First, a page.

Italian firm Gruppo Campari posted total net sales of €618.3m (up 3.2% versus H1 2011) in organic terms in the year to June 30, while net profit rose 3.5% to €77.9m.
Bob Kunze-Concewitz, CEO, said that Grupo Campari’s H1 in Europe was hit by the German commercial dispute, weakening consumer confidence in Italy and the transition to a new Russian sales platform.
South American trading was “very challenging” and particularly hard hit by a slowdown in Brazil, Kunze-Concewitz added, but he noted strong momentum in North America and Asia Pacific.
Aperol enjoyed stunning growth in 2011, but in 2012 to date the brand’s sales (excluding Aperol Spritz home edition) were up only 1.7% as an overall percentage of group sales.
'Horrendous weather' hits brand
Despite growth in established markets such as Italy (+8.4%) and Austria (15.3%), German sales (only 15-20% are on-premise) fell 20% overall due to the commercial dispute with a “key client” and terrible weather in Q2.
However, Aperol saw strong double-digit growth in second-tier markets such as Switzerland, Benelux, France and Spain, and triple-digit growth in the rest of the world.
On a later analyst call, Deutsche Bank analyst Jamie Isenwater said: “If my maths is correct, excluding that one customer, German sales growth has gone from about +20% in Q1 to down nearly 10% in Q2. I know the weather was bad, but, are these broadly the right sort of numbers?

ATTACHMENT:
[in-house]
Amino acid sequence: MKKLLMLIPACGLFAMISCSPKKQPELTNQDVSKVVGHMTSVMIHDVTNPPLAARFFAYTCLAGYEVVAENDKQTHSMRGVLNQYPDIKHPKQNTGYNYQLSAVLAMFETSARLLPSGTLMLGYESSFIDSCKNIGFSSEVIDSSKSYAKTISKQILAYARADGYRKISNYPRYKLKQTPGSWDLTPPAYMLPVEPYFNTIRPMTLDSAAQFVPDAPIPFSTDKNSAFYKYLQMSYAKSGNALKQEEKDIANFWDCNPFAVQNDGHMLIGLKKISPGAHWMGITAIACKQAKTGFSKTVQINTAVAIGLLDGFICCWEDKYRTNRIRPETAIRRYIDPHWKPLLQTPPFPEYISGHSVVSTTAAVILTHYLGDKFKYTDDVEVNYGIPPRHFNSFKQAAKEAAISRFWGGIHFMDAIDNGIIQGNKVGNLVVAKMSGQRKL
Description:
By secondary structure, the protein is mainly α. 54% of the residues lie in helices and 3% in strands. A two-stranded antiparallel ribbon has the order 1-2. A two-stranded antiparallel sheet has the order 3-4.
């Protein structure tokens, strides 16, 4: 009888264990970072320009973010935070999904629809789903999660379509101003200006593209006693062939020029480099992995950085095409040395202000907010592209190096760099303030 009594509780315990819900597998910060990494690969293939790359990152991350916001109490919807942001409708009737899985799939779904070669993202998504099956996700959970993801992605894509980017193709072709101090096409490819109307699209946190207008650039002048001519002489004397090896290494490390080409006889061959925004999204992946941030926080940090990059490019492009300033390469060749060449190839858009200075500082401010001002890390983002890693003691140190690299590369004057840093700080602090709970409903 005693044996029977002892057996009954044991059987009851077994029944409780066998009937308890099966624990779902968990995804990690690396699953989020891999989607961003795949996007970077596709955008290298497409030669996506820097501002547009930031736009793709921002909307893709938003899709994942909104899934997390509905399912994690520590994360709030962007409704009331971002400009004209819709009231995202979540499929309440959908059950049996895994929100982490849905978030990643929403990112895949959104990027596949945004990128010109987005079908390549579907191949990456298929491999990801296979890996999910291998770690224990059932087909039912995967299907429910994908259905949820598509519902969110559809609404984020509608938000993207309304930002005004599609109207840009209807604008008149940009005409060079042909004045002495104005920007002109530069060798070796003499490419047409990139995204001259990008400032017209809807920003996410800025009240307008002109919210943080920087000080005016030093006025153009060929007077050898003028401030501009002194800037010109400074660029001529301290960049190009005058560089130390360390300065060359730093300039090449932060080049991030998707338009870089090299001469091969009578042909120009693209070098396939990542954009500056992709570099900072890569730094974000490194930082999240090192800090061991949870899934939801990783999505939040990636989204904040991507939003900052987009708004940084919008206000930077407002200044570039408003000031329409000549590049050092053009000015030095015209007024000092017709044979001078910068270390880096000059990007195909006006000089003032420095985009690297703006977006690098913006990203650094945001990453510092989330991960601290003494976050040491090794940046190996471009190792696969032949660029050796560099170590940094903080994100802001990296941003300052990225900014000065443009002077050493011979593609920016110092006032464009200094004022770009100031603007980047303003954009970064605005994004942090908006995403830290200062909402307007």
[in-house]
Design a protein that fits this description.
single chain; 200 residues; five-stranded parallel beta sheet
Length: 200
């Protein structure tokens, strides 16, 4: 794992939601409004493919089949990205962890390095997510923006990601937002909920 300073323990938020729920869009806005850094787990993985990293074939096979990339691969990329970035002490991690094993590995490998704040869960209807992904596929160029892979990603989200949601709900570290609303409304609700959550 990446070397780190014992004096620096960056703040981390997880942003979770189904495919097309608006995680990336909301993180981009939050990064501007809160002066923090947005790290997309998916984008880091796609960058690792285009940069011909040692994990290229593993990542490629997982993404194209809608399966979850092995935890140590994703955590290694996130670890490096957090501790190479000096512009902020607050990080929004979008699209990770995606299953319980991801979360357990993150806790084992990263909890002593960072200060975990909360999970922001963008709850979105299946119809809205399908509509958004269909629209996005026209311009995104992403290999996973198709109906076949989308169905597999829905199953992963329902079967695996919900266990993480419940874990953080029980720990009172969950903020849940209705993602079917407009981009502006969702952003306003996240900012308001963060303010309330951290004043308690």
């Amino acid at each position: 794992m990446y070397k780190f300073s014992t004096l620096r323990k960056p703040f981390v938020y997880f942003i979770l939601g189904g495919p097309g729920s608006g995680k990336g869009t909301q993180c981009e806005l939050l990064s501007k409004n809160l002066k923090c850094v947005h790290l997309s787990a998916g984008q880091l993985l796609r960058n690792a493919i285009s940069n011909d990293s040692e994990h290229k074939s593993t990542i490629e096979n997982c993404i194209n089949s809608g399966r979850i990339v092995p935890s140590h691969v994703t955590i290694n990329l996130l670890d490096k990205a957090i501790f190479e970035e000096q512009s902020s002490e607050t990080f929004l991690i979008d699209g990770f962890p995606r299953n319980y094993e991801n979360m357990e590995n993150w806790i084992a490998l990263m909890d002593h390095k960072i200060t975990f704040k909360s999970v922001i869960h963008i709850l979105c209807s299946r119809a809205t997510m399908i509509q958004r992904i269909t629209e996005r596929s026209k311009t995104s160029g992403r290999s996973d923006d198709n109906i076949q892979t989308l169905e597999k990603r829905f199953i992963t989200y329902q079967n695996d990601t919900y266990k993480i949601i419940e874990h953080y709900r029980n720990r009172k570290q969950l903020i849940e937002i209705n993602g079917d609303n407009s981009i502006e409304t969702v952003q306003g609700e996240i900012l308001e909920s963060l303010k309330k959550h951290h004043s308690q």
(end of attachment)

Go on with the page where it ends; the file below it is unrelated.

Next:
“There must have been a underlying slowdown beyond all the various one-offs.”
Kunze-Concewitz replied: “With respect to Germany, you need to bear in mind that last year, in Q2 Aperol grew by about 148%.
“And that customer [involved in the dispute] had an over-proportionate impact on overall trading. Aperol was down in Q2, yes, you’re right. But you shouldn’t underestimate the absolutely horrendous weather.
Aperol Spritz: the next Jägerbomb?
July had seen better weather, Kunze-Concewitz said, and Aperol was growing again in Germany as a result (beyond any reconciliation with the client) while Grupo Campari had increased its penetration in Northern Germany.
Speaking to Paola Carboni from Equita SIM, Kunze-Concewitz later said: “The dispute hit two brands – Campari and Aperol. Both of them were completely delisted.
“After a freeze in the relationship…we have reached an interim agreement. We do not get full and permanent listings. But, very importantly for us, we have pushed through the price increase we wanted.”
“So in H2 of the year we are going to have and in-and-out situation with these two brands and that customer.”
In Q2 2011 that customer represented almost 25% of brand sales, so had a significant impact on it. “The consumption that we lost – the customer was able to recover 25% with his own ‘me-to’ [spirit], while 75% of customers did not purchase other spirits brands.
“Essentially this is lost sales, a lose-lose situation…they lost and we lost. So this didn’t make any sense for both parties.”
The rising popularity of the Aperol Spritz (Aperol, Prosecco, sparkling water) led Euromonitor analyst, Spiros Malandrakis to reflect this week on a spate of NPD around the Spritz cocktail, and it potential as the ‘next Jägerbomb’.